Reducing Preventable Blindness
With Our Help
Diabetes and glucose intolerance affects up to 50% of Aboriginal and Torres Strait Islander adults who live in rural and remote communities. One in three diagnosed will also have vision loss, which is preventable or treatable in 94% of cases when diagnosed in the early stages.
This past year our sight-saving ophthalmic program has treated 800 patients in rural hospitals and remote first nations communities across Queensland.
What We Are Doing
The St John Eye Van is a mobile fully equipped ophthalmology and optometry treatment centre, with state-of-the-art diagnostic and treatment instruments.
Retinal photography has become the preferred screening tool for diabetic retinopathy and is usually performed in a GP or optometry practice; or by an Indigenous health worker.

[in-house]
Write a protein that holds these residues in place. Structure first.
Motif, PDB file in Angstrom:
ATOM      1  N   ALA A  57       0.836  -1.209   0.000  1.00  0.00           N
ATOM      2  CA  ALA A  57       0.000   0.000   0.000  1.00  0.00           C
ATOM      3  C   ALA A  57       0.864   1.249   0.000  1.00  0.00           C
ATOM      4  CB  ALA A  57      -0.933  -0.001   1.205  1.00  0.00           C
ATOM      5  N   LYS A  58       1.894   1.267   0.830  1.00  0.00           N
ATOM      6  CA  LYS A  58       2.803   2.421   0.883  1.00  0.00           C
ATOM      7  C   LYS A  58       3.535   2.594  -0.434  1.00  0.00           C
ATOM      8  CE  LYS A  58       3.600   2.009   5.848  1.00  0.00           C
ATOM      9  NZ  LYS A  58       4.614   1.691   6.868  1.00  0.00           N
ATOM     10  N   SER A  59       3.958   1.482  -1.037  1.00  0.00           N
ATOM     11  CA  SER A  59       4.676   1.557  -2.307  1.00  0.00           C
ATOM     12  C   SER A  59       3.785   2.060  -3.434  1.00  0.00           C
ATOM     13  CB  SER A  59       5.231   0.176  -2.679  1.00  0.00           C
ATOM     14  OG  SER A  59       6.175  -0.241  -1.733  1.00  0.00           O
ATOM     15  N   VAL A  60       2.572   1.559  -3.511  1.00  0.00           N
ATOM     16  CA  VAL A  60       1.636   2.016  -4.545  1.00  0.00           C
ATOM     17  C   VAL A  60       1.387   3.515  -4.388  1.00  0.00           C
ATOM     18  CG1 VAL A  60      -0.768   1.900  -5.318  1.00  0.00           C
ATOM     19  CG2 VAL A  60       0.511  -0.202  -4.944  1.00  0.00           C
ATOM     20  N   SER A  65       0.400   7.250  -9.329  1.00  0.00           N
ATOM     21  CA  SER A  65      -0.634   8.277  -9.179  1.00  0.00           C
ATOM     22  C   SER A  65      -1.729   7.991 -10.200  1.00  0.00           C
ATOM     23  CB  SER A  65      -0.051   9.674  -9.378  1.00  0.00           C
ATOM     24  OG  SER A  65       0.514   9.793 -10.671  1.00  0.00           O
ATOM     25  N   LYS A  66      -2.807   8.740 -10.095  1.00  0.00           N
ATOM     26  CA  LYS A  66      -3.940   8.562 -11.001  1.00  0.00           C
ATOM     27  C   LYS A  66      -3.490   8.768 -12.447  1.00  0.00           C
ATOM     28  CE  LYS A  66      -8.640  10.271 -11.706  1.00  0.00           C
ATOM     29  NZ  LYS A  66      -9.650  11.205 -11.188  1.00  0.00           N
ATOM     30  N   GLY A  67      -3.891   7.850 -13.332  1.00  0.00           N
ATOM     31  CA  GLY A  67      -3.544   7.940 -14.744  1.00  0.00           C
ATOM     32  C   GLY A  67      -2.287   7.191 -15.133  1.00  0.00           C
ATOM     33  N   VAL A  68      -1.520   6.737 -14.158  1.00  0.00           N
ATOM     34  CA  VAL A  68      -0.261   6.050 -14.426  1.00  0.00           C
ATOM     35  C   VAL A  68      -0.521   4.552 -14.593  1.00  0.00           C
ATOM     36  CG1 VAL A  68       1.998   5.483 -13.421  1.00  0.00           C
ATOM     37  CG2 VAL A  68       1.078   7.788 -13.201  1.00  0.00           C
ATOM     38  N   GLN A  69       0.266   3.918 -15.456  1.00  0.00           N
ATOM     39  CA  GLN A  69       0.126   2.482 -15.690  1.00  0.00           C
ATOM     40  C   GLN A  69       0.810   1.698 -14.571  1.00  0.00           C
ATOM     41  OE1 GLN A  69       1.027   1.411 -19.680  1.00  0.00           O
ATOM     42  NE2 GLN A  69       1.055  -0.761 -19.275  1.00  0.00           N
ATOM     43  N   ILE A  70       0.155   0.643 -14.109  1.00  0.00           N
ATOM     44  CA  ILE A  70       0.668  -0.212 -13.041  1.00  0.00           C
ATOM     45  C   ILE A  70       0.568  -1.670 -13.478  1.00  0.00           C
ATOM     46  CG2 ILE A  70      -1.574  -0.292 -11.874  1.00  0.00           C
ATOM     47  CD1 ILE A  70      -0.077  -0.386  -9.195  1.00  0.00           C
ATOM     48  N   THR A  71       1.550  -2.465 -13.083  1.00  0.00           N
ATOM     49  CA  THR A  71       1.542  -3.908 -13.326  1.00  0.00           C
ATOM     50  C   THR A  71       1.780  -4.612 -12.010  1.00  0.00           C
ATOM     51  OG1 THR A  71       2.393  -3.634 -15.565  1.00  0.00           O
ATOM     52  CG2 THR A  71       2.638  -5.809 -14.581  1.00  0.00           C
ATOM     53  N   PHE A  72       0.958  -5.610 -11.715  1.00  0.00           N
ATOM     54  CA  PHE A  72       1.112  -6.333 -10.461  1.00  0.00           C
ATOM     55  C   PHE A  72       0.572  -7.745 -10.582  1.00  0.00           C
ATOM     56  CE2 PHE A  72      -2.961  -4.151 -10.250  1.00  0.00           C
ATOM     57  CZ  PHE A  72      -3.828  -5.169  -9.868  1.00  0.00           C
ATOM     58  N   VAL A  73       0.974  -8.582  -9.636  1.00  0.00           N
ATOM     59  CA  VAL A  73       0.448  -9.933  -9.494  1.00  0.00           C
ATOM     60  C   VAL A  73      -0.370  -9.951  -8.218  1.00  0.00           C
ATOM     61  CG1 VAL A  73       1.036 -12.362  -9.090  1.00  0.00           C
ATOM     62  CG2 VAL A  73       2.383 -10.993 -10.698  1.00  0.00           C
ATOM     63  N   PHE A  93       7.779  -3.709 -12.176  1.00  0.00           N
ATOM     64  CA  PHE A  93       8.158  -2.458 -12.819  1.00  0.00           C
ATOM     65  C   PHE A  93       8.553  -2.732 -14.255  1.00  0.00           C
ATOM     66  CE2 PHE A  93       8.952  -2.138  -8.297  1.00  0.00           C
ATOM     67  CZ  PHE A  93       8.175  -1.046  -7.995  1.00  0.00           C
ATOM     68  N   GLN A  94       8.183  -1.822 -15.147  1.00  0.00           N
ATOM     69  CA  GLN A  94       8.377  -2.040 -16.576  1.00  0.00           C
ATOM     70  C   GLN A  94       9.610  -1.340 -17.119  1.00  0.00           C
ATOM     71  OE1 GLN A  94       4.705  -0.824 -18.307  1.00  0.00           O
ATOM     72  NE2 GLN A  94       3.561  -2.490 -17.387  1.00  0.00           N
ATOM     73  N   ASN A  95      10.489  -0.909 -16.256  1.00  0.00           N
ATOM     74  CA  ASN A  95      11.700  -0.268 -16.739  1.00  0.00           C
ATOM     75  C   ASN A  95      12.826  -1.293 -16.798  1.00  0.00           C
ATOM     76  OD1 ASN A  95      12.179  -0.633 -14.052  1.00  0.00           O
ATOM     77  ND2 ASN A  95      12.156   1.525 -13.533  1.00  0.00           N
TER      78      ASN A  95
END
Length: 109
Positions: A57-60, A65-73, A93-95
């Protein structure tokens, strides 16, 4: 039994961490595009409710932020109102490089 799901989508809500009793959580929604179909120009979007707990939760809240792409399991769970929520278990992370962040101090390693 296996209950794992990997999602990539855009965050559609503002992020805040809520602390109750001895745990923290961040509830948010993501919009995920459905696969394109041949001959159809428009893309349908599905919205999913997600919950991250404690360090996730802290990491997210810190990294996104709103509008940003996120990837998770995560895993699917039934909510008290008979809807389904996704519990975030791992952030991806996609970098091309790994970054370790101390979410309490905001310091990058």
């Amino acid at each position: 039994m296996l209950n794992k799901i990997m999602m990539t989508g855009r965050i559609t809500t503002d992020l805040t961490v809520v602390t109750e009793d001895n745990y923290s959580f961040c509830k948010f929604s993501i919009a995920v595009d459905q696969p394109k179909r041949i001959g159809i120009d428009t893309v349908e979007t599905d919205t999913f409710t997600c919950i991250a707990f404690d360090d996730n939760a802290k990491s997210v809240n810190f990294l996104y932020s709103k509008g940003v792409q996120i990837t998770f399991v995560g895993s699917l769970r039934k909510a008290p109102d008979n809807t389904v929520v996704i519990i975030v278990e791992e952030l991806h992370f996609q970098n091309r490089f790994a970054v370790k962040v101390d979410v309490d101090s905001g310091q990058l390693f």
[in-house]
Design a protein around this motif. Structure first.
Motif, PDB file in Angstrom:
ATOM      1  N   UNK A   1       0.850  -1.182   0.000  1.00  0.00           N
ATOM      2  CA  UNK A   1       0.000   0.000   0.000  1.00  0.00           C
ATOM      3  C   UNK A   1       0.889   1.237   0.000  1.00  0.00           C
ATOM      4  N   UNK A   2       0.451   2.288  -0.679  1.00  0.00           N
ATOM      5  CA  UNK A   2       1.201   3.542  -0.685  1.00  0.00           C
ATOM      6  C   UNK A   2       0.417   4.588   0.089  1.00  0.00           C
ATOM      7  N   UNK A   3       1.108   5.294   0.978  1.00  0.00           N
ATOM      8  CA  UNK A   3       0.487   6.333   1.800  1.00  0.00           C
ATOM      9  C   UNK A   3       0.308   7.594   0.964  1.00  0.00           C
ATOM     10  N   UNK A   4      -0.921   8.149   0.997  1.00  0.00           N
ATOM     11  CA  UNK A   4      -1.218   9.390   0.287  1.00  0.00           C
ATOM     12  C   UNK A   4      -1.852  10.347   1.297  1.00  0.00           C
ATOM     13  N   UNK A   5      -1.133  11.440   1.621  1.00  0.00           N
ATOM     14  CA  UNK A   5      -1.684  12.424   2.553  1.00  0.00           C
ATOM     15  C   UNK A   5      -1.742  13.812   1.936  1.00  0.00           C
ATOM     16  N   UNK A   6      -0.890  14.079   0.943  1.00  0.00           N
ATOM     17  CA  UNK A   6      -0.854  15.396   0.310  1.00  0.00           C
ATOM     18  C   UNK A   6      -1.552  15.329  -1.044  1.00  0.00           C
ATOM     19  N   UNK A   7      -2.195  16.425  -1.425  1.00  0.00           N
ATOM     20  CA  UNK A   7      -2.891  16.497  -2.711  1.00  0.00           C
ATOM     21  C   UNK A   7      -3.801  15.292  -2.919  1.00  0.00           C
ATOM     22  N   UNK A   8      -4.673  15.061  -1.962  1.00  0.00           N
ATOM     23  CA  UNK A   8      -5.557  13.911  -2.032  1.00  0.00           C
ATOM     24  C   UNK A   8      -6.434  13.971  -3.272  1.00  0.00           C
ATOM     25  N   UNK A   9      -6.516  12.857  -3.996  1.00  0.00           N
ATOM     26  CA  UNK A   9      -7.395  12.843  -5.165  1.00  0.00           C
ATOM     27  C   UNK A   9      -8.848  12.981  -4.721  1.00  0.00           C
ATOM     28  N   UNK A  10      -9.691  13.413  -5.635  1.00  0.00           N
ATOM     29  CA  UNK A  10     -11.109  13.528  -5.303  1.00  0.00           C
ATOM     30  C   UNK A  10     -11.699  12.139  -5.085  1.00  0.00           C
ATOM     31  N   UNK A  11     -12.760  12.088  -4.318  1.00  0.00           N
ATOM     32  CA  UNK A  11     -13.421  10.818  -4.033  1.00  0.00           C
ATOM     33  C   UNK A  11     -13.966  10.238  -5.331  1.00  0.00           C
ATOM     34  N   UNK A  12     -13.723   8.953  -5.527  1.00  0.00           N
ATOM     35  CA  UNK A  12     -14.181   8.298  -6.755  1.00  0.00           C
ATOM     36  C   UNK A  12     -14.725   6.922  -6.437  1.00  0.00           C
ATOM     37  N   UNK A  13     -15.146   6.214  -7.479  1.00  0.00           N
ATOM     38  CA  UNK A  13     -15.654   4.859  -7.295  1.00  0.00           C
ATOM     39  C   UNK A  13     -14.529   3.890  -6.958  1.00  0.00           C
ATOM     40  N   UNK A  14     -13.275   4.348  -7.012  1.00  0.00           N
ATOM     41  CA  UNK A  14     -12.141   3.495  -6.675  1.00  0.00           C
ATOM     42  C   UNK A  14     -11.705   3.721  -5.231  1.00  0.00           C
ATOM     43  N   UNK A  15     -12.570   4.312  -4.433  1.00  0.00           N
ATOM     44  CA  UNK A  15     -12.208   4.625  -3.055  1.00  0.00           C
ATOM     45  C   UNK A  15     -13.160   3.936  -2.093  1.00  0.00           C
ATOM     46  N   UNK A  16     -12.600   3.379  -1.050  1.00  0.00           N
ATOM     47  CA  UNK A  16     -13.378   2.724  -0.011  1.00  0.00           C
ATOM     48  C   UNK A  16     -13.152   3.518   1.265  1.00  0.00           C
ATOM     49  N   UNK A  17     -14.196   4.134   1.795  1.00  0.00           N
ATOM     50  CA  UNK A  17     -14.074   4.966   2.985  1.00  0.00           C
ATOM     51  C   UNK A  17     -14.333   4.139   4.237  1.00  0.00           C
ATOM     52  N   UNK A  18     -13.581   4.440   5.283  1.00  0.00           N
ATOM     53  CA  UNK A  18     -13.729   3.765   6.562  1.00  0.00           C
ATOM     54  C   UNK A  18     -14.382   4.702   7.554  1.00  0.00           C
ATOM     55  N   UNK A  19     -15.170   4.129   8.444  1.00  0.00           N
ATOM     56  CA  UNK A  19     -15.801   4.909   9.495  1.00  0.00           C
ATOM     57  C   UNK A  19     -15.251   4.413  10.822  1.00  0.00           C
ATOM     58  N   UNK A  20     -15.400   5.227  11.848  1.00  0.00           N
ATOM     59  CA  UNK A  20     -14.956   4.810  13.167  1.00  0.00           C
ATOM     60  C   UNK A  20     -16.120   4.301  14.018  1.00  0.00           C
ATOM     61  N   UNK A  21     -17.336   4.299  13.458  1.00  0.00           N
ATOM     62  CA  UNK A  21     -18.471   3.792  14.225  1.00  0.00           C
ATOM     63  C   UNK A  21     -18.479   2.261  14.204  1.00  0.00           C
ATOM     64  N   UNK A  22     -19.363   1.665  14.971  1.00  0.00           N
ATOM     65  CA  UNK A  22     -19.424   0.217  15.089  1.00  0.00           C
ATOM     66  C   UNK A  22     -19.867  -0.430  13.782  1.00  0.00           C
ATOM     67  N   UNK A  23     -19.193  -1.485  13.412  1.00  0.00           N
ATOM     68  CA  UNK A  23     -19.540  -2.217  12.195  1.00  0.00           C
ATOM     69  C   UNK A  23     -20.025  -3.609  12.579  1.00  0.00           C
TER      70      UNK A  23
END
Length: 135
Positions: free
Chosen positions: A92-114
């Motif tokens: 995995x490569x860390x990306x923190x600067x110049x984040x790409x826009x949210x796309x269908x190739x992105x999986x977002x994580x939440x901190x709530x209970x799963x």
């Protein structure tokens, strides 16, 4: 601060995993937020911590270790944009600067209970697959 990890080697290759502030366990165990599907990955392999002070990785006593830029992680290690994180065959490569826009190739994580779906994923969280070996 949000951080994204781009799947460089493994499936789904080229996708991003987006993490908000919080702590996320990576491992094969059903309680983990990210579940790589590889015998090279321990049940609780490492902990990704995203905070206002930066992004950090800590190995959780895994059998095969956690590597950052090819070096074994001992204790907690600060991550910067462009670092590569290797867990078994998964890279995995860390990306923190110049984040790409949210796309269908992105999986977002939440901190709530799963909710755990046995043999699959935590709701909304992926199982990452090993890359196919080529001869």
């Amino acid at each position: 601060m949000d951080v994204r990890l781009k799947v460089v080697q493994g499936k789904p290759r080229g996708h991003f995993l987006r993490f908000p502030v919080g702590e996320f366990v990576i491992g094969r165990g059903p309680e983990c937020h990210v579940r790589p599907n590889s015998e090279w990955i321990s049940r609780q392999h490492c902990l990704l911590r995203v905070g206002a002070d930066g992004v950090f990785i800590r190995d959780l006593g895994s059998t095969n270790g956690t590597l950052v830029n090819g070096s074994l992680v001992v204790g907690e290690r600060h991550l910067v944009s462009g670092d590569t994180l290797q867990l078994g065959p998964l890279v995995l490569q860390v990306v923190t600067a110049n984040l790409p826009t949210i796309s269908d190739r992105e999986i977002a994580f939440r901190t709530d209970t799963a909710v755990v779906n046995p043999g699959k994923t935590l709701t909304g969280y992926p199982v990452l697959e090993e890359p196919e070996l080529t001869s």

The St John Eye Van is equipped to manage the three most common complications of diabetes within the Indigenous population. These are refractive change, cataract and diabetic retinopathy.
Our partnerships with rural hospitals bring bulk-billed specialist eye treatments to the whole community. Our ophthalmic clinics are conducted monthly.
The St John Eye Van travels to regional hubs across Queensland allowing remote communities to regularly access the Van’s facilities and specialist team.
The number of Aboriginal and Torres Strait Islander people who have diabetes can be as high as 50% in some remote communities. Children in these communities are up to eight times more likely to suffer type II diabetes than city children.
Those diagnosed with diabetes are three times more likely to suffer diabetic retinopathy, with 94% of identified cases curable or treatable when diagnosed early. Those living remotely, aged 35 and over are at the greatest risk.